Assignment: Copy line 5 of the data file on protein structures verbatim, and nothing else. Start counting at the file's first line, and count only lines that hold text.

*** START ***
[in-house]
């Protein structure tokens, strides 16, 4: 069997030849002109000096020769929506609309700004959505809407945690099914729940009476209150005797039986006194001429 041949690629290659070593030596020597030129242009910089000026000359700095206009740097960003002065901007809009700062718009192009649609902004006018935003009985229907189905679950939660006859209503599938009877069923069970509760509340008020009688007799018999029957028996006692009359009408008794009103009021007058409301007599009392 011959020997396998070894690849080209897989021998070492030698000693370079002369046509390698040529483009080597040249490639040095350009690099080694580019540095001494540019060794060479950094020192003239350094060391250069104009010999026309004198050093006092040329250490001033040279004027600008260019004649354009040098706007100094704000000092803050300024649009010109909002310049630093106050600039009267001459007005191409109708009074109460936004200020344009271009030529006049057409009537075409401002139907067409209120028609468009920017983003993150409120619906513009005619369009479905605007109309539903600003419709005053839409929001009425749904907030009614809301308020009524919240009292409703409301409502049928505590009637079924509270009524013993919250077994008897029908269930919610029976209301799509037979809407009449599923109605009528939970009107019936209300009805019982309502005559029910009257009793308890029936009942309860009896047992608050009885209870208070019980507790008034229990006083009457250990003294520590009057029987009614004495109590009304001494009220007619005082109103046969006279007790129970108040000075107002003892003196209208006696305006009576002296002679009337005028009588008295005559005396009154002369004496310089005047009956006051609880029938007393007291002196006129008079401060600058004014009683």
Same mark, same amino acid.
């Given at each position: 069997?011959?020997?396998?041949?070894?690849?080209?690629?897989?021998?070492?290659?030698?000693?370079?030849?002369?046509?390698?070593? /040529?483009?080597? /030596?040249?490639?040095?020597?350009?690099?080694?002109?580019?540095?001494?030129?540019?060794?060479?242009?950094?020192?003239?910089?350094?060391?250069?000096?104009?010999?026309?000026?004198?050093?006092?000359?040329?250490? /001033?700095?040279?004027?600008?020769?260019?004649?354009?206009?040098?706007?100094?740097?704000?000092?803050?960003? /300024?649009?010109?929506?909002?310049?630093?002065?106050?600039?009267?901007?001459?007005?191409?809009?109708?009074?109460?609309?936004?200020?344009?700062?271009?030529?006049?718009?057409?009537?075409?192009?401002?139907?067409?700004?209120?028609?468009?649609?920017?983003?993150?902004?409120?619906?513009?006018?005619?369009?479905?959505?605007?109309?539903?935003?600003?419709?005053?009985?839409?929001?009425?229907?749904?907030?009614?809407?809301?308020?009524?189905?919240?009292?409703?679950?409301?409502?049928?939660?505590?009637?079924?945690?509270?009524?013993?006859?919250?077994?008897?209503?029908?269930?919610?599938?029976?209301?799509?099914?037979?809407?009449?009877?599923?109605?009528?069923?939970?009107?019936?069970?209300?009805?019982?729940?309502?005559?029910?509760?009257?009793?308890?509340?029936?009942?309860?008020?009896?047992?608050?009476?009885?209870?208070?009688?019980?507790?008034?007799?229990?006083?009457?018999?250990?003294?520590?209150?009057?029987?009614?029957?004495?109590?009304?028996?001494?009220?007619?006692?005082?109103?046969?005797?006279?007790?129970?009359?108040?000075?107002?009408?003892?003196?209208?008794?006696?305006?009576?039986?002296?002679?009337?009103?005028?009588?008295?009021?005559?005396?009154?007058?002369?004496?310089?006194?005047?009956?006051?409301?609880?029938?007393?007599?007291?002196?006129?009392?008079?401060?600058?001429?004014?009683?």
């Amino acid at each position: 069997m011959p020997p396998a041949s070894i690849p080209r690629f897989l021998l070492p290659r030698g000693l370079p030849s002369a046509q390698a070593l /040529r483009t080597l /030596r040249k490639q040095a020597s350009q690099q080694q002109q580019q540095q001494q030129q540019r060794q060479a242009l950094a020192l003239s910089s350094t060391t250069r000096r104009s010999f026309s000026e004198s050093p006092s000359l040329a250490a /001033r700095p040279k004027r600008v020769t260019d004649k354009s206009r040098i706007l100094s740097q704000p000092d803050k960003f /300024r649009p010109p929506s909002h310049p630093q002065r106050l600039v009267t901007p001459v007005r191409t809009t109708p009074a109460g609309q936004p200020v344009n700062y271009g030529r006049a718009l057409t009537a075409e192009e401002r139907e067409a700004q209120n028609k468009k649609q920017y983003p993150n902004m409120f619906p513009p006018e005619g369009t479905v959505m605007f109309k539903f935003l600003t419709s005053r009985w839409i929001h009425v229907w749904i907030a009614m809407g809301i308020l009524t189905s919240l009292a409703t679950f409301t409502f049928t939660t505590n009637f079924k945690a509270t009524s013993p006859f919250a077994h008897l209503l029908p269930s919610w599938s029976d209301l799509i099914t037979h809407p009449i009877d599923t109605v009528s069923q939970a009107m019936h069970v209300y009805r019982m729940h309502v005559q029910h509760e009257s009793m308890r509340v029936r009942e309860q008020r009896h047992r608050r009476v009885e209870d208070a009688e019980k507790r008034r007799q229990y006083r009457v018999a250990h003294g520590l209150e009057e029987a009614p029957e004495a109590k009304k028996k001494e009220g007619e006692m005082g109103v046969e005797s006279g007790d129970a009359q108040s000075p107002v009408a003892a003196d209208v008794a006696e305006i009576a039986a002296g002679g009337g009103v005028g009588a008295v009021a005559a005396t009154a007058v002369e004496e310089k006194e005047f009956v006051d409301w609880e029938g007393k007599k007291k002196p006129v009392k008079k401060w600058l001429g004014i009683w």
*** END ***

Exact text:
């Amino acid at each position: 069997m011959p020997p396998a041949s070894i690849p080209r690629f897989l021998l070492p290659r030698g000693l370079p030849s002369a046509q390698a070593l /040529r483009t080597l /030596r040249k490639q040095a020597s350009q690099q080694q002109q580019q540095q001494q030129q540019r060794q060479a242009l950094a020192l003239s910089s350094t060391t250069r000096r104009s010999f026309s000026e004198s050093p006092s000359l040329a250490a /001033r700095p040279k004027r600008v020769t260019d004649k354009s206009r040098i706007l100094s740097q704000p000092d803050k960003f /300024r649009p010109p929506s909002h310049p630093q002065r106050l600039v009267t901007p001459v007005r191409t809009t109708p009074a109460g609309q936004p200020v344009n700062y271009g030529r006049a718009l057409t009537a075409e192009e401002r139907e067409a700004q209120n028609k468009k649609q920017y983003p993150n902004m409120f619906p513009p006018e005619g369009t479905v959505m605007f109309k539903f935003l600003t419709s005053r009985w839409i929001h009425v229907w749904i907030a009614m809407g809301i308020l009524t189905s919240l009292a409703t679950f409301t409502f049928t939660t505590n009637f079924k945690a509270t009524s013993p006859f919250a077994h008897l209503l029908p269930s919610w599938s029976d209301l799509i099914t037979h809407p009449i009877d599923t109605v009528s069923q939970a009107m019936h069970v209300y009805r019982m729940h309502v005559q029910h509760e009257s009793m308890r509340v029936r009942e309860q008020r009896h047992r608050r009476v009885e209870d208070a009688e019980k507790r008034r007799q229990y006083r009457v018999a250990h003294g520590l209150e009057e029987a009614p029957e004495a109590k009304k028996k001494e009220g007619e006692m005082g109103v046969e005797s006279g007790d129970a009359q108040s000075p107002v009408a003892a003196d209208v008794a006696e305006i009576a039986a002296g002679g009337g009103v005028g009588a008295v009021a005559a005396t009154a007058v002369e004496e310089k006194e005047f009956v006051d409301w609880e029938g007393k007599k007291k002196p006129v009392k008079k401060w600058l001429g004014i009683w």